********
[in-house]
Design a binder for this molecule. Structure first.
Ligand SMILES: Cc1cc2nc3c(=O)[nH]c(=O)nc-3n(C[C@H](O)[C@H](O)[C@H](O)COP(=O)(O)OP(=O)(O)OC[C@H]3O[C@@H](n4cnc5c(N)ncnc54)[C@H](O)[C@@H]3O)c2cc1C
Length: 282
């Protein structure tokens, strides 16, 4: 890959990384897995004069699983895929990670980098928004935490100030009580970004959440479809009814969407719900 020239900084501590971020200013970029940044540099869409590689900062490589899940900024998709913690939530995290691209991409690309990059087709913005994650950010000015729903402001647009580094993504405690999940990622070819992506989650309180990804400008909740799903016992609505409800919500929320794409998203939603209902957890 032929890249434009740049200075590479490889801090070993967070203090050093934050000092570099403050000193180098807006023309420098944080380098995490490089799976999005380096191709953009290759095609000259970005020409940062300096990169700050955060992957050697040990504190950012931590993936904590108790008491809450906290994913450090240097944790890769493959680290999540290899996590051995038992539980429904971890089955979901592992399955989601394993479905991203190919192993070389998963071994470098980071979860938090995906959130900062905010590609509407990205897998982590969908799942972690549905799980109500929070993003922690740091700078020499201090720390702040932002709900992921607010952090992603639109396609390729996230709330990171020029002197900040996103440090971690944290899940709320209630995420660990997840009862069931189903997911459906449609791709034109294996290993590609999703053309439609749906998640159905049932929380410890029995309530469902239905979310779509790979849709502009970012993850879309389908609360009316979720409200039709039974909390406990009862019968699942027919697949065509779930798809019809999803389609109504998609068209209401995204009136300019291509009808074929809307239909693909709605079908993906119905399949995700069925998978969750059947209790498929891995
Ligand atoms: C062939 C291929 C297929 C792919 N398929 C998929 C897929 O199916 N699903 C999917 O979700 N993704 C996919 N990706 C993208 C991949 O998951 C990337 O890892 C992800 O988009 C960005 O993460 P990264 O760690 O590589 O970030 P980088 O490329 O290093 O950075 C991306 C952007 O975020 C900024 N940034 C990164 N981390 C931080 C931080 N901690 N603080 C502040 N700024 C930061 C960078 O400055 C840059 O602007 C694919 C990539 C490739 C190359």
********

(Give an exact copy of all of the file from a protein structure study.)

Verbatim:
[in-house]
Design a binder for this molecule. Structure first.
Ligand SMILES: Cc1cc2nc3c(=O)[nH]c(=O)nc-3n(C[C@H](O)[C@H](O)[C@H](O)COP(=O)(O)OP(=O)(O)OC[C@H]3O[C@@H](n4cnc5c(N)ncnc54)[C@H](O)[C@@H]3O)c2cc1C
Length: 282
């Protein structure tokens, strides 16, 4: 890959990384897995004069699983895929990670980098928004935490100030009580970004959440479809009814969407719900 020239900084501590971020200013970029940044540099869409590689900062490589899940900024998709913690939530995290691209991409690309990059087709913005994650950010000015729903402001647009580094993504405690999940990622070819992506989650309180990804400008909740799903016992609505409800919500929320794409998203939603209902957890 032929890249434009740049200075590479490889801090070993967070203090050093934050000092570099403050000193180098807006023309420098944080380098995490490089799976999005380096191709953009290759095609000259970005020409940062300096990169700050955060992957050697040990504190950012931590993936904590108790008491809450906290994913450090240097944790890769493959680290999540290899996590051995038992539980429904971890089955979901592992399955989601394993479905991203190919192993070389998963071994470098980071979860938090995906959130900062905010590609509407990205897998982590969908799942972690549905799980109500929070993003922690740091700078020499201090720390702040932002709900992921607010952090992603639109396609390729996230709330990171020029002197900040996103440090971690944290899940709320209630995420660990997840009862069931189903997911459906449609791709034109294996290993590609999703053309439609749906998640159905049932929380410890029995309530469902239905979310779509790979849709502009970012993850879309389908609360009316979720409200039709039974909390406990009862019968699942027919697949065509779930798809019809999803389609109504998609068209209401995204009136300019291509009808074929809307239909693909709605079908993906119905399949995700069925998978969750059947209790498929891995
Ligand atoms: C062939 C291929 C297929 C792919 N398929 C998929 C897929 O199916 N699903 C999917 O979700 N993704 C996919 N990706 C993208 C991949 O998951 C990337 O890892 C992800 O988009 C960005 O993460 P990264 O760690 O590589 O970030 P980088 O490329 O290093 O950075 C991306 C952007 O975020 C900024 N940034 C990164 N981390 C931080 C931080 N901690 N603080 C502040 N700024 C930061 C960078 O400055 C840059 O602007 C694919 C990539 C490739 C190359």